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Economic Evolution and Revolution in Historical Time$
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Paul W. Rhode, Joshua L. Rosenbloom, and David F. Weiman

Print publication date: 2011

Print ISBN-13: 9780804771856

Published to Stanford Scholarship Online: June 2013

DOI: 10.11126/stanford/9780804771856.001.0001

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PRINTED FROM STANFORD SCHOLARSHIP ONLINE (www.stanford.universitypressscholarship.com). (c) Copyright Stanford University Press, 2019. All Rights Reserved. An individual user may print out a PDF of a single chapter of a monograph in SSO for personal use.date: 19 October 2019

Inequality and Institutions in Twentieth-Century America

Inequality and Institutions in Twentieth-Century America

Chapter:
(p.357) Chapter 14 Inequality and Institutions in Twentieth-Century America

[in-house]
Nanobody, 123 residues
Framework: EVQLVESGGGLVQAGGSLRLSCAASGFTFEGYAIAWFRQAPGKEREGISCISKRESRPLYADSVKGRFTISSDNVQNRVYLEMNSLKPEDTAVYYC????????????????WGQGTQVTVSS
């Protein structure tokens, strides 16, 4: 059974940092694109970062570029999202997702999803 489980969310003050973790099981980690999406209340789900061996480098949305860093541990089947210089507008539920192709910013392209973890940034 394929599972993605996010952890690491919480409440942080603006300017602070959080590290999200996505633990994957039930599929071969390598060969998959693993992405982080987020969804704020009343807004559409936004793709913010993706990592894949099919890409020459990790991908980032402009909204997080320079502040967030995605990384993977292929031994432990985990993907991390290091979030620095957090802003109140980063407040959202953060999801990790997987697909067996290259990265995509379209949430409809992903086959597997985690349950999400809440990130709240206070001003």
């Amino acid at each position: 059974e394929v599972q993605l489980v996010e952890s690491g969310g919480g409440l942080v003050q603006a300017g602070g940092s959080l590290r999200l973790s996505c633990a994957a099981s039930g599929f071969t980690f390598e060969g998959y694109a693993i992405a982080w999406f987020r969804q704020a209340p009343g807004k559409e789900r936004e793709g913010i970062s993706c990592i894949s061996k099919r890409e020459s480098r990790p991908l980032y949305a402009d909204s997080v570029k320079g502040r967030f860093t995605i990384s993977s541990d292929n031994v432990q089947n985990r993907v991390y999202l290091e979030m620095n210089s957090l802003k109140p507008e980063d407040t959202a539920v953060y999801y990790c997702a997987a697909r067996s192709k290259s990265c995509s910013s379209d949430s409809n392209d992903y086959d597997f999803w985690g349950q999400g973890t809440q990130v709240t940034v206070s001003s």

Source:
Economic Evolution and Revolution in Historical Time
Author(s):

Frank Levy

Peter Temin

Publisher:
Stanford University Press
DOI:10.11126/stanford/9780804771856.003.0014

This chapter analyzes why inequality has increased in the United States since 1980. It discusses earnings levels and inequality, in which skill-biased technical change, globalization, and related factors function within an institutional framework, first presenting evidence that shows stagnating real wages for well-educated men. The chapter then describes the institutional arrangements that originated in the Great Depression and which helped to distribute productivity gains broadly from 1947 to 1973. It also discusses the way in which the post-1973 productivity slowdown and associated stagflation ultimately led to the collapse of institutional arrangements.

Keywords:   inequality, United States, earnings, equality, technical change, globalization, wages, Great Depression, productivity gains, stagflation

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